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Jul 16, 2009

For nearly three decades, composer Mark Isham has been the go-to guy for making music for movies.

By Mark Wasserman

As far back as he can remember, Mark Isham has surrounded himself with music. As a boy, he played violin and piano before switching to trumpet, which he played in several Bay Area psychedelic bands. In the early 1970s, he began experimenting with electronic music and subsequently was asked to record with icons like Van Morrison, Marianne Faithful and Sting.

By the 1980s, Isham had begun composing for motion pictures and, to date, has scored films in every genre and sub-genre imaginable, including drama (Reservation Road), comedy (What Women Want), animation (Thumbelina) and horror (The Mist). Along the way, he has racked up numerous Grammy, Oscar and Emmy awards and nominations.

According to Isham, when it comes to scoring films, there are no boundries, and it’s often the unexpected choice that works best. Whether he selects music that is acoustic or electronic, hollow or full, modest or expansive, he remains open to whatever best enhances the images on the screen.

It is this attitude of exploration that has attracted the attention of so many high-profile directors, including Robert Altman, Robert Redford and Brian De Palma.

Regardless of the project, Isham’s objective is to expand the story of the film by providing an undercurrent of emotion that helps drive the action.

Consider a haunting scene from Crash, in which a racist white cop finds himself pulling a black woman from a burning car—the same woman he molested in an earlier scene.

The moment is complex: salvation is at hand for both characters if they can push through their mutual revulsion.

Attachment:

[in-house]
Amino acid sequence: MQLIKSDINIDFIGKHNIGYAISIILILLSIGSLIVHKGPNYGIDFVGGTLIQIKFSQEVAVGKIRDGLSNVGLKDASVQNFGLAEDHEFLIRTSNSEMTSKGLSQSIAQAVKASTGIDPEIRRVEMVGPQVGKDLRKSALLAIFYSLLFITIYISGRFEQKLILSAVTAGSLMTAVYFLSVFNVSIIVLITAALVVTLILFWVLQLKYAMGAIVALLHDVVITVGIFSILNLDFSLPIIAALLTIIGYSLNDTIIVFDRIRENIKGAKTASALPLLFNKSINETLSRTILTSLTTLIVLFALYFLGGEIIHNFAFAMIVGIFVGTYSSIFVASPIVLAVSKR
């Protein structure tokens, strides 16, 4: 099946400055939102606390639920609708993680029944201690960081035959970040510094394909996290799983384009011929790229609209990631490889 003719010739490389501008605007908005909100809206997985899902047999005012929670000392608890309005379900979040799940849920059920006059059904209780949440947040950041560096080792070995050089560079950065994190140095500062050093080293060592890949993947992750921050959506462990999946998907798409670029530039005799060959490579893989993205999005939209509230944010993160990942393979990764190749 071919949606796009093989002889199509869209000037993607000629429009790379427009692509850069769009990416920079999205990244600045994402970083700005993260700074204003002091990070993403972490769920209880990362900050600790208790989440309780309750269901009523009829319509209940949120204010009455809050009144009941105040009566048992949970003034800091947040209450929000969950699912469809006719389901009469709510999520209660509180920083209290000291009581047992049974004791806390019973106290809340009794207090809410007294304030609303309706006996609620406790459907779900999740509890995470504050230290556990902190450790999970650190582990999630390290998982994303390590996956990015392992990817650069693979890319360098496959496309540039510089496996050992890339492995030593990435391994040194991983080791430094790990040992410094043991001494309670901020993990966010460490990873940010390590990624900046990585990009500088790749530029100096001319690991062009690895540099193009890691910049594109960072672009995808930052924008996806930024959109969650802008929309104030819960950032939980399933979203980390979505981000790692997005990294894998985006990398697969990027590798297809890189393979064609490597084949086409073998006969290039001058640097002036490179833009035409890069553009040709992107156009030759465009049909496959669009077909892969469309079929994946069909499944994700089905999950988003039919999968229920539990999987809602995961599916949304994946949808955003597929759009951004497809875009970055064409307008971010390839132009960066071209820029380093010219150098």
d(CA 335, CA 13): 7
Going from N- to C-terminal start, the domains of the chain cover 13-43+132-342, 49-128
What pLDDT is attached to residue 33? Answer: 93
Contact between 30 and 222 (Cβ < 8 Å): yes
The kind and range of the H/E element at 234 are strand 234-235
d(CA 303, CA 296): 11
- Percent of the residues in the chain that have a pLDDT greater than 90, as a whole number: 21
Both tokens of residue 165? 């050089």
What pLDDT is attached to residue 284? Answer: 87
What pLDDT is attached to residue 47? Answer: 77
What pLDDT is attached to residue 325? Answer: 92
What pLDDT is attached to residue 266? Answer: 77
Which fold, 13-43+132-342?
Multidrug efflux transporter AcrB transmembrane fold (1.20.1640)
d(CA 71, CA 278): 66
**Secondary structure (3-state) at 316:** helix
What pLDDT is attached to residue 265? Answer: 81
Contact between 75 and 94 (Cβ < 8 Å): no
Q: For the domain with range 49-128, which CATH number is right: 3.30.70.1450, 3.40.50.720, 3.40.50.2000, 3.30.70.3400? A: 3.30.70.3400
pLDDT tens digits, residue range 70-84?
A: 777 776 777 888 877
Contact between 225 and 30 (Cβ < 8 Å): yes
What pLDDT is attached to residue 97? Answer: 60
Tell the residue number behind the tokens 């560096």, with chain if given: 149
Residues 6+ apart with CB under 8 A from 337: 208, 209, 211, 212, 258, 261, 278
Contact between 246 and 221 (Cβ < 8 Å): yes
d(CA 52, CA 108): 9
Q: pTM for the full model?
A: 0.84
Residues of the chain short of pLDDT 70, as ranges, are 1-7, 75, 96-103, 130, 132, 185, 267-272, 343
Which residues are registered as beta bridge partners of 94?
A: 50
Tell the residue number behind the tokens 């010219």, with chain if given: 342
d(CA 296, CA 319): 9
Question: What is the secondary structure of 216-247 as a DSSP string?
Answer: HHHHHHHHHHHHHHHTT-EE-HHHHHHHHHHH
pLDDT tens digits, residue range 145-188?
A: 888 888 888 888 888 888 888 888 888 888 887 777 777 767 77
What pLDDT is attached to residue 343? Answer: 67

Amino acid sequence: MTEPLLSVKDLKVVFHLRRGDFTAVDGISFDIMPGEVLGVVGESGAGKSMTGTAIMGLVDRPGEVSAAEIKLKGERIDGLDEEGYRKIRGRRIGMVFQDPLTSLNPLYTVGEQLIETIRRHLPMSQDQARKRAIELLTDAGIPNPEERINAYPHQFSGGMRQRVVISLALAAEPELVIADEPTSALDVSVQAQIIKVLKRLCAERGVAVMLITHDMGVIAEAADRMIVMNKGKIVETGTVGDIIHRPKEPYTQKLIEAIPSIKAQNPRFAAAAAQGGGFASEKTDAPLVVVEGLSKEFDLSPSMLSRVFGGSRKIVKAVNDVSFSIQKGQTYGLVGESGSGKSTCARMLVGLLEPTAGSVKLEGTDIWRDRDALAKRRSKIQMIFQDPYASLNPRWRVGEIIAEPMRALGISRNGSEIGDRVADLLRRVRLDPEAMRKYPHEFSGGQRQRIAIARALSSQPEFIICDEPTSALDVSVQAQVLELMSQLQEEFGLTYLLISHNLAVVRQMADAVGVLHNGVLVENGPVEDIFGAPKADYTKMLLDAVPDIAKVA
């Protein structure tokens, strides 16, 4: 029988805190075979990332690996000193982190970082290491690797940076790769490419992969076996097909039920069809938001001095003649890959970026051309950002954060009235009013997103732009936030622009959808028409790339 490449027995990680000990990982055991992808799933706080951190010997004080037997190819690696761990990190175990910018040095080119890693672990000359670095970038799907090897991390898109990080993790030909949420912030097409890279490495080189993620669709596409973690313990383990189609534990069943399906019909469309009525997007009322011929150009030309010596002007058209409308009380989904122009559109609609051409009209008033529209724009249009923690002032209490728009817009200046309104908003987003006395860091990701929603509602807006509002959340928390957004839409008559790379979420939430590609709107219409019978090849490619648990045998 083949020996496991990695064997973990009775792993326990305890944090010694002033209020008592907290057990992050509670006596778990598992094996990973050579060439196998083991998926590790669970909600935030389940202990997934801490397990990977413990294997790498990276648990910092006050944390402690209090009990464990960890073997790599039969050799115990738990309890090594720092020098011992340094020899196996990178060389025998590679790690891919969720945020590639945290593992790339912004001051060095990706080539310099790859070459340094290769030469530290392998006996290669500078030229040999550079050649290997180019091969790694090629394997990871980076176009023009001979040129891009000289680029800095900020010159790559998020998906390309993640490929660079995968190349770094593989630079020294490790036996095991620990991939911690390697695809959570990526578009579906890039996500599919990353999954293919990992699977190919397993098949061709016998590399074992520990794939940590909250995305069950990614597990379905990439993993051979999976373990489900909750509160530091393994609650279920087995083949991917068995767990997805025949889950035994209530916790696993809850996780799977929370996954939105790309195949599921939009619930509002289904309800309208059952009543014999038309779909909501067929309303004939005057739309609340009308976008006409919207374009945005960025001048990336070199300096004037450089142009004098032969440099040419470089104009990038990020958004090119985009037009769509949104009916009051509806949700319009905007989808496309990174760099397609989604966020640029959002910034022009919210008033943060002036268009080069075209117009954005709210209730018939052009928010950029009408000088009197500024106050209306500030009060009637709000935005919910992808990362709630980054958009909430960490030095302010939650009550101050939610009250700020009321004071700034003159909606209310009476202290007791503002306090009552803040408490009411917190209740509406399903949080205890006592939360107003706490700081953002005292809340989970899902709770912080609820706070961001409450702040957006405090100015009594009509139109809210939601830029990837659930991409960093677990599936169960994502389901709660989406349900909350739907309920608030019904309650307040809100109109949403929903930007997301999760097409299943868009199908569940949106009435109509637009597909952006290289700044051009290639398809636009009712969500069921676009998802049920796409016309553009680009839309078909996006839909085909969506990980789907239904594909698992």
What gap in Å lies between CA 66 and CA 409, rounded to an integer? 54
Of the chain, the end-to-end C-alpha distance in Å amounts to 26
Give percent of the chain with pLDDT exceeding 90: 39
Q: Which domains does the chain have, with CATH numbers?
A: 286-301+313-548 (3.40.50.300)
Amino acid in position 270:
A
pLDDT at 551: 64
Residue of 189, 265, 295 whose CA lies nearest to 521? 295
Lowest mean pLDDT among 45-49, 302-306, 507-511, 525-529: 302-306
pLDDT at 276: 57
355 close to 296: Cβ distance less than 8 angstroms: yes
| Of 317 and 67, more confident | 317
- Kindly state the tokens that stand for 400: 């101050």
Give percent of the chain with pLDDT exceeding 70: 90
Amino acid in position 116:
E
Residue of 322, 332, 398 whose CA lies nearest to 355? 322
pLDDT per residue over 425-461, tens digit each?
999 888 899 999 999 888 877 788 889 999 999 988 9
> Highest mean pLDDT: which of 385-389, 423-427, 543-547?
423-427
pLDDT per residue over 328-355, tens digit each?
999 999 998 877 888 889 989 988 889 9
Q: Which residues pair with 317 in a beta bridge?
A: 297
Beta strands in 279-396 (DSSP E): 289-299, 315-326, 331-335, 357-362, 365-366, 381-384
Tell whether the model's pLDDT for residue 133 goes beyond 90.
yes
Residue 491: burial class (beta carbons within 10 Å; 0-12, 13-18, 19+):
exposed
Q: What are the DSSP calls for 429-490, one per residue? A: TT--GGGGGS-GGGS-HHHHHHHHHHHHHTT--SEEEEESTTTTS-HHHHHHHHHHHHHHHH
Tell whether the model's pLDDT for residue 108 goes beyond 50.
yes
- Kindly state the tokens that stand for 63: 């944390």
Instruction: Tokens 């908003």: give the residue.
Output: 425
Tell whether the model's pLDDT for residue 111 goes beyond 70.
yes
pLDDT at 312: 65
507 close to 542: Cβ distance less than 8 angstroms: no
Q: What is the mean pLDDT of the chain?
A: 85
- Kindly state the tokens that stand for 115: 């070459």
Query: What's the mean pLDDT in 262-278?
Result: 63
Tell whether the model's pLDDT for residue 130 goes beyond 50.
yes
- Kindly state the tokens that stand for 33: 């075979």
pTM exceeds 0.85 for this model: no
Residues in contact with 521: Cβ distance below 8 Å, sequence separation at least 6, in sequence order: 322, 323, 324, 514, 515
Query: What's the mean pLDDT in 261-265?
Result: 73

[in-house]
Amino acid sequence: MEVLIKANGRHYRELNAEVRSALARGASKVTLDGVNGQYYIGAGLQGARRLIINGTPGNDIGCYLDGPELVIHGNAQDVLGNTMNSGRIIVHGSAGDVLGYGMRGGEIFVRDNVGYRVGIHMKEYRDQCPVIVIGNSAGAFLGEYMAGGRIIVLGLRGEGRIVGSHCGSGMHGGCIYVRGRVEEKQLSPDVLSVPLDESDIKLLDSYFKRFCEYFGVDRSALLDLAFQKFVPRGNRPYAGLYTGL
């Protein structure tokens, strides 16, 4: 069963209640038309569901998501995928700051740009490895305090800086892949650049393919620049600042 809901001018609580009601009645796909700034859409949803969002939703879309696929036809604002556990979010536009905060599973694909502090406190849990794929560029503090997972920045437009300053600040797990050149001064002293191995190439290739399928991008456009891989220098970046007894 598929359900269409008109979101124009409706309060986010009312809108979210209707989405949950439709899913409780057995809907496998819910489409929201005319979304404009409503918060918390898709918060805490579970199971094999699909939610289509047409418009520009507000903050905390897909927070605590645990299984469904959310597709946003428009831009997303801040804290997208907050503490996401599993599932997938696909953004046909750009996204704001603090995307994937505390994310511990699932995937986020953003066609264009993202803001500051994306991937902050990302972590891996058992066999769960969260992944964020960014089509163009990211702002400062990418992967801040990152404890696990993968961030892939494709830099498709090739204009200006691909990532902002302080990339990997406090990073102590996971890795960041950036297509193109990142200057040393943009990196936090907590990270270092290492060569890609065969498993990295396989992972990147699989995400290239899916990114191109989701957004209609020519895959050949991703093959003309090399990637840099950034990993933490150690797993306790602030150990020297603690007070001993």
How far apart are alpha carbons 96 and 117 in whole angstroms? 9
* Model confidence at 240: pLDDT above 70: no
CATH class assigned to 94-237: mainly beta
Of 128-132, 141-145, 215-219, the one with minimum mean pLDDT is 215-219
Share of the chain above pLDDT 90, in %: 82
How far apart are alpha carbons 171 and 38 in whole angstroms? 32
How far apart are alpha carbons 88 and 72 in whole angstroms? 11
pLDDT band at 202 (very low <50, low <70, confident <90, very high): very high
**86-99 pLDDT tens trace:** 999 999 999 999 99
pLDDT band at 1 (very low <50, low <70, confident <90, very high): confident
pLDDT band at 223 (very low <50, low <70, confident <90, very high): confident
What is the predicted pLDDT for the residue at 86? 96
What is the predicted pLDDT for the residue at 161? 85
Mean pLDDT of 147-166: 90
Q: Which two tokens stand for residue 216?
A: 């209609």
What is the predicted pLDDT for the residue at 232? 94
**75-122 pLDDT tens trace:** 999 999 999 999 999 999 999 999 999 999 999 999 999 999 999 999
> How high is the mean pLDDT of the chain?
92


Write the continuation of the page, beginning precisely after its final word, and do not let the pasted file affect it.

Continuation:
But instead of heart-pounding notes of suspense, Isham chose to use an eerily angelic female voice singing over the flames. The scene becomes less about overt action than about the miraculous connection the characters forge.

The ensemble film is one genre in which Isham has had arguably more experience than any other contemporary composer. In addition to Crash, he has scored Short Cuts, Bobby, and most recently, Crossing Over.

Unlike traditional films that feature a single protagonist, ensemble films require audiences to follow multiple major characters through numerous, often overlapping storylines.

For this type of film, Isham says “there’s no point in scoring each character. What there is a big value in doing is scoring the emotional issues that are shared by them. That way you have a single theme that crosses between three different scenes and three sets of characters.”

In Crossing Over, which dramatizes illegal immigrants struggling for citizenship, the orchestration represents the clash between the characters’ native cultures and life in Los Angeles.

“It’s a modern world, so we have a contemporary backdrop, electronic drums, the sort of vocabulary we’re used to in pop music. But then we have a beautiful, traditional South American guitar, some Iranian singing and a few disparate elements superimposed against this backdrop to give the music the cultural richness expressed by the film.”

Asked about current trends in film scoring, Isham points to a growing emphasis on minimalism. He also notes that electronic scores, which were once viewed as “the poor bastard child,” have now become hip.

As for Isham, he remains most comfortable with a “hybrid score,” which blends electronic and analog instruments.

Whatever music is required, Isham always asks himself what the picture seems to be asking.

“You have no idea what the right answer will be. You just have to go out and find it.”

Be sure to experience FLYP’s story on another film composer, Patricia Stotter.

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